I'll just note that if they actually constructed their lyrics so as to not insult religious feelings then I'm revoking their punk license effective immediately.
by generic on Tue Aug 28th, 2012 at 10:22:07 AM EST
[ Parent ]
I saw the video and I found their music offensive. I'm not quite sure if that was because Pussy Riot is crap, or Punk Rock is crap.

If you are not convinced, try it on someone who has not been entirely debauched by economics. — Piero Sraffa
by Migeru (migeru at eurotrib dot com) on Tue Aug 28th, 2012 at 10:33:40 AM EST
[ Parent ]
Would sentencing them to two years of compulsory music lessons be an acceptable compromise for you?
by Katrin on Wed Aug 29th, 2012 at 08:43:57 AM EST
[ Parent ]
I wish Putin had thought of that.

If you are not convinced, try it on someone who has not been entirely debauched by economics. — Piero Sraffa
by Migeru (migeru at eurotrib dot com) on Wed Aug 29th, 2012 at 08:47:44 AM EST
[ Parent ]
Aesthetic totalitarianism.

It is rightly acknowledged that people of faith have no monopoly of virtue - Queen Elizabeth II
by eurogreen on Wed Aug 29th, 2012 at 08:52:53 AM EST
[ Parent ]
A statement that "sran gospodnya" could be translated as something including so ordinary a word as "religious" is pathetic and reflects a total lack of feeling for Russian language.

On propaganda, opinions differ - I personally strongly object to strong obscenities being used in public discourse. Especially from porno artists who are trying to teach someone a "moral"lesson.

by Sargon on Tue Aug 28th, 2012 at 10:26:11 AM EST
[ Parent ]
Beyond the actual vocabulary, which is indeed designed to shock, what is striking is that the song is constructed to avoid actual insult to religion.  

I am sorry but this statement is BS...
And explanation of translator is even more then BS.
The only statement close to truth in this text is
It's interesting that these disgraceful sentiments would have represented, until recently, the official Communist party view of religion.

OK how is that that you are not linking them to a communist party then? They are sharing so many views including a bit of feminism because Communists loved to call girls comrades and to send them to hard work in factories and building sites ( but not on executives positions) to show them how they are equal to men.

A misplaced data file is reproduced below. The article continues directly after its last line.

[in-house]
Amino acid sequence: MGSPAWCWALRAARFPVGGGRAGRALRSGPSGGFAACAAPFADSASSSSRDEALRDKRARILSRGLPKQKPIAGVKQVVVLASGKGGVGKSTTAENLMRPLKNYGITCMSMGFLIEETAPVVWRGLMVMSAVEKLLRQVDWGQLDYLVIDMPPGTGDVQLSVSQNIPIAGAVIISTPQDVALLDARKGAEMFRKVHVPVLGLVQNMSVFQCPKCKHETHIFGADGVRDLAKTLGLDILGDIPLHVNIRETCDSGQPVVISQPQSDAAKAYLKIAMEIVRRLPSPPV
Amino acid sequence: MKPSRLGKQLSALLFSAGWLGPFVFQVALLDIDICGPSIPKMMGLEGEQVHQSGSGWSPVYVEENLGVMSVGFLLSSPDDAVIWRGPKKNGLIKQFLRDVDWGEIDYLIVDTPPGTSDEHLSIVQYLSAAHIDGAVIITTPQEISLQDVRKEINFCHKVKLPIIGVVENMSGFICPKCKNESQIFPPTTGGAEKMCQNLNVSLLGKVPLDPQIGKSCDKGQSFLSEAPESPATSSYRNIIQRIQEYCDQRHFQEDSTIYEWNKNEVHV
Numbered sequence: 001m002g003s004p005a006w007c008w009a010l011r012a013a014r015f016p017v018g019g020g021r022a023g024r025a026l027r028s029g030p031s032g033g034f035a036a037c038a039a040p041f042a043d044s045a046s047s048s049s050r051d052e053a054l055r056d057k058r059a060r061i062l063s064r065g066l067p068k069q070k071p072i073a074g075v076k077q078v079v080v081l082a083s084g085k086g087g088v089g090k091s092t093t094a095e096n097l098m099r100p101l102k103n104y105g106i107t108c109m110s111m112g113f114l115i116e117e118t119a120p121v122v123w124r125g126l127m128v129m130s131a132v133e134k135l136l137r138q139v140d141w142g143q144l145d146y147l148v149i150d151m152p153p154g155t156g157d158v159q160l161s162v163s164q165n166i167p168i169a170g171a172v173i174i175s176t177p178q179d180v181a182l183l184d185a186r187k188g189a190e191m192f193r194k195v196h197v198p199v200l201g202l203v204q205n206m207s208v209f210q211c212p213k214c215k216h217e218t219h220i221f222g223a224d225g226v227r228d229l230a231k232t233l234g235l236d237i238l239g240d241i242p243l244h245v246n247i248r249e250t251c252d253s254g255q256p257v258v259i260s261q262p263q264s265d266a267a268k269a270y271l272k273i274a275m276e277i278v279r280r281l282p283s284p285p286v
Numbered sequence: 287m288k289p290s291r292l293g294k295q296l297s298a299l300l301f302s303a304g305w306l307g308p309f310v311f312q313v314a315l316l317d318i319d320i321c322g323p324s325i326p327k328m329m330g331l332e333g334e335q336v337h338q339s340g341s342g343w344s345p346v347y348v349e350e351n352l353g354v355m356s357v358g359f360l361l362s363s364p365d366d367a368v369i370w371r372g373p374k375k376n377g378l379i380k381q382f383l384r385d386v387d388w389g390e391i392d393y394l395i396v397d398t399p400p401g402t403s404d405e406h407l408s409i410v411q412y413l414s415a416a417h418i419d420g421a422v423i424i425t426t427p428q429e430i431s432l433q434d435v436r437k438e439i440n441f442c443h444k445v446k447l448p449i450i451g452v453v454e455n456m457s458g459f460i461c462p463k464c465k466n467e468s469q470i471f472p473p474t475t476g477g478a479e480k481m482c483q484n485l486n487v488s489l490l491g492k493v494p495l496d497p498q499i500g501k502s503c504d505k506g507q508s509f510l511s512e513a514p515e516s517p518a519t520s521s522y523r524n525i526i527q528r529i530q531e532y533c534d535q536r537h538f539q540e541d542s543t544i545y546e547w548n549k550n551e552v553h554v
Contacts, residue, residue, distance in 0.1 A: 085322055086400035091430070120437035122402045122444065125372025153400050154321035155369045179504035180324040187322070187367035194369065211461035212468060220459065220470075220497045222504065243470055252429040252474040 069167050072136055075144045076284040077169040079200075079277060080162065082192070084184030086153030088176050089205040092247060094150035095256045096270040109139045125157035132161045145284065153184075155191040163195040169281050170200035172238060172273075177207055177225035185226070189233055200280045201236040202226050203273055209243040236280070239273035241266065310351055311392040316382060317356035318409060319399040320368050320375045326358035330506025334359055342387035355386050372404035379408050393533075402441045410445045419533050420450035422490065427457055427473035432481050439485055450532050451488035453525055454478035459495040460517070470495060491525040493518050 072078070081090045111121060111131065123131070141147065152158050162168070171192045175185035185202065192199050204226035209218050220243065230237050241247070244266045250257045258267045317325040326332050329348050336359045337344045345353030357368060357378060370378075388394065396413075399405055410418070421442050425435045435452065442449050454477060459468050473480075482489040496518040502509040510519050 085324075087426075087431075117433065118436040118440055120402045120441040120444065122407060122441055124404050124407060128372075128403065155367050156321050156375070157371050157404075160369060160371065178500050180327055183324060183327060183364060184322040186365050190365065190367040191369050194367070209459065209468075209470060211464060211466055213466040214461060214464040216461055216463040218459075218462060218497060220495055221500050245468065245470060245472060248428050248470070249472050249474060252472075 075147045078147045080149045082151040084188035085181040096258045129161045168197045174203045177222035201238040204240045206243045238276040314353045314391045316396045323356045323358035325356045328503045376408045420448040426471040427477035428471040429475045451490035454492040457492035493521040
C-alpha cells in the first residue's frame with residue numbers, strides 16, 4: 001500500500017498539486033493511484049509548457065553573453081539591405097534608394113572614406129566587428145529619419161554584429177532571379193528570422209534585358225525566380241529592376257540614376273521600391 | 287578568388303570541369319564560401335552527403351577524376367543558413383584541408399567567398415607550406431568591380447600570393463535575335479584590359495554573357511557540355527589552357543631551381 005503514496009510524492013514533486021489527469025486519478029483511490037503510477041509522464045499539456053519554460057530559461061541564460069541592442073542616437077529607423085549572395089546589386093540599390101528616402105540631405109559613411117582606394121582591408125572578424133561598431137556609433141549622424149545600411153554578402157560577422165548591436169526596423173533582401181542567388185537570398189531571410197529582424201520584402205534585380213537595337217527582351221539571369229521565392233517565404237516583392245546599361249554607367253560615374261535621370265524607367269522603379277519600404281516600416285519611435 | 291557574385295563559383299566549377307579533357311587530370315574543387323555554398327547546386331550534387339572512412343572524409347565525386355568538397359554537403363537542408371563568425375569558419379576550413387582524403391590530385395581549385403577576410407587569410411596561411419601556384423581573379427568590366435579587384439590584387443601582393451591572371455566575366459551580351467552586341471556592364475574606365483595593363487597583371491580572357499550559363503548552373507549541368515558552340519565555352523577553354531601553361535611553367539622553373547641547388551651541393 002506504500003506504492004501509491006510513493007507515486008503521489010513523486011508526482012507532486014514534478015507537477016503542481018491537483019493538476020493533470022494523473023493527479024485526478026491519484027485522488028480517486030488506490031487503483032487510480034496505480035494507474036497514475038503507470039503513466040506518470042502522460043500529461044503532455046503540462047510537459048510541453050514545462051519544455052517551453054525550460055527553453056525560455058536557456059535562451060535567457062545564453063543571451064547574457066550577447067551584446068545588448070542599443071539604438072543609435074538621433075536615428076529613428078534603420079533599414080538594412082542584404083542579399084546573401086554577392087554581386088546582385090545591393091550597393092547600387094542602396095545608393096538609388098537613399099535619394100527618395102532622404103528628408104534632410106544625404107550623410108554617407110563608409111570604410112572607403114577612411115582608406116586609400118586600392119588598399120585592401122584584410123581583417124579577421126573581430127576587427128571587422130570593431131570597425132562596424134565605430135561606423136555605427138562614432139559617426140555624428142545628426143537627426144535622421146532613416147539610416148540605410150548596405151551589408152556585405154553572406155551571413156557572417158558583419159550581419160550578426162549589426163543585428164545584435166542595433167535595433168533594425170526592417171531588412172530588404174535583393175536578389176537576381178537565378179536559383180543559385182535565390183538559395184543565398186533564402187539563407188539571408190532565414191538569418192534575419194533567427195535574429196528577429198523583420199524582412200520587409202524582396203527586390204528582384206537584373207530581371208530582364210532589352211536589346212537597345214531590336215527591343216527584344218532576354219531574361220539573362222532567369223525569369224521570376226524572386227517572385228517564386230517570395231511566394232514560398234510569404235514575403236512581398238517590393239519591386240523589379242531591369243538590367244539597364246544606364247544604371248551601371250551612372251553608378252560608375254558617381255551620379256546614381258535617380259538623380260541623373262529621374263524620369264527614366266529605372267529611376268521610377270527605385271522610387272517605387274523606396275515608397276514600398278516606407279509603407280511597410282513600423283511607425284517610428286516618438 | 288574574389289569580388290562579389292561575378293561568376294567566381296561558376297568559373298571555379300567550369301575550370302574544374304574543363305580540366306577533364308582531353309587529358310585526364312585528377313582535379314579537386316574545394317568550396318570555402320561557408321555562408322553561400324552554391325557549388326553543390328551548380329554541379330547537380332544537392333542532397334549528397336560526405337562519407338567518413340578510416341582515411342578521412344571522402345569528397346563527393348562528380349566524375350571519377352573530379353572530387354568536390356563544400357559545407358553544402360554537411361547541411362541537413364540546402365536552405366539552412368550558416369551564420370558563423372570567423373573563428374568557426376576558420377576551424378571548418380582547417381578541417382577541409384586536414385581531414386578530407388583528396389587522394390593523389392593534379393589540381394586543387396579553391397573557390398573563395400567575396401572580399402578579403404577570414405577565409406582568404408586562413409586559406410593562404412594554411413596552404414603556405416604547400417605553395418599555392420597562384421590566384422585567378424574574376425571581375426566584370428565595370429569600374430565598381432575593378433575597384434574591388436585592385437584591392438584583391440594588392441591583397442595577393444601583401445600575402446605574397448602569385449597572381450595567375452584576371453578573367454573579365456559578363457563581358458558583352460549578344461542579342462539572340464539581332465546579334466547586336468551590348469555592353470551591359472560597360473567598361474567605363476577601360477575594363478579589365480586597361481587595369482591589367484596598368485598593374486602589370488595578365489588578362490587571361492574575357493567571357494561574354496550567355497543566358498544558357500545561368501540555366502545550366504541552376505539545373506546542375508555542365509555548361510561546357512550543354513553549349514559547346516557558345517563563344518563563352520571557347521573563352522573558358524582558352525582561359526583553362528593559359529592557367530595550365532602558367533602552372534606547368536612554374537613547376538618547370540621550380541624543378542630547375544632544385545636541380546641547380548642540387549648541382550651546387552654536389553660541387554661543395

Science without religion is lame, religion without science is blind...Albert Einstein
by vbo on Wed Aug 29th, 2012 at 02:36:38 AM EST
[ Parent ]
OK how is that that you are not linking them to a communist party then?

Well, they are left-wing feminists. There is a certain amount of the communist legacy which is positive (anyone who claims to be on the left will recognise this), and much of this is being thrown out with the bathwater. The breaking of the power of the Church over the population is definitely in this category of positive legacy, in my view. I am for freedom of conscience, I am for restoration of historic churches, but I am definitely against according any temporal or political power whatsoever to any religious hierarchy, be it Orthodox, Catholic, Shiite or whatever.

It is rightly acknowledged that people of faith have no monopoly of virtue - Queen Elizabeth II

by eurogreen on Wed Aug 29th, 2012 at 04:52:07 AM EST
[ Parent ]
I am for freedom of conscience, I am for restoration of historic churches, but I am definitely against according any temporal or political power whatsoever to any religious hierarchy, be it Orthodox, Catholic, Shiite or whatever.

I do not know where did I say that I think different? This on the other hand does not mean that I would in any way (let alone using force as communists did) restrict people's right to be religious. Do you even know what communists did with churches? They confiscated a lot of them and made them places for live stoke (like cow or sheep sheds) or storages for ammunition...They used to ride priests like donkeys in front of whole village and stuff like that...no it is not positive in any way...

Science without religion is lame, religion without science is blind...Albert Einstein

by vbo on Wed Aug 29th, 2012 at 05:26:35 AM EST
[ Parent ]
Do you even know what communists did with churches? They confiscated a lot of them and made them places for live stoke (like cow or sheep sheds) or storages for ammunition...

Confiscation of church property has been a constant of European civilizing efforts, from the Reformation, through the French Revolution, to Atatürk. As has the public humiliation of church officials.

Pretty? No.

Necessary? Usually.

- Jake

Friends come and go. Enemies accumulate.

by JakeS (JangoSierra 'at' gmail 'dot' com) on Wed Aug 29th, 2012 at 05:39:25 AM EST
[ Parent ]
Necessary? For what purpose?

Science without religion is lame, religion without science is blind...Albert Einstein
by vbo on Wed Aug 29th, 2012 at 06:58:27 AM EST
[ Parent ]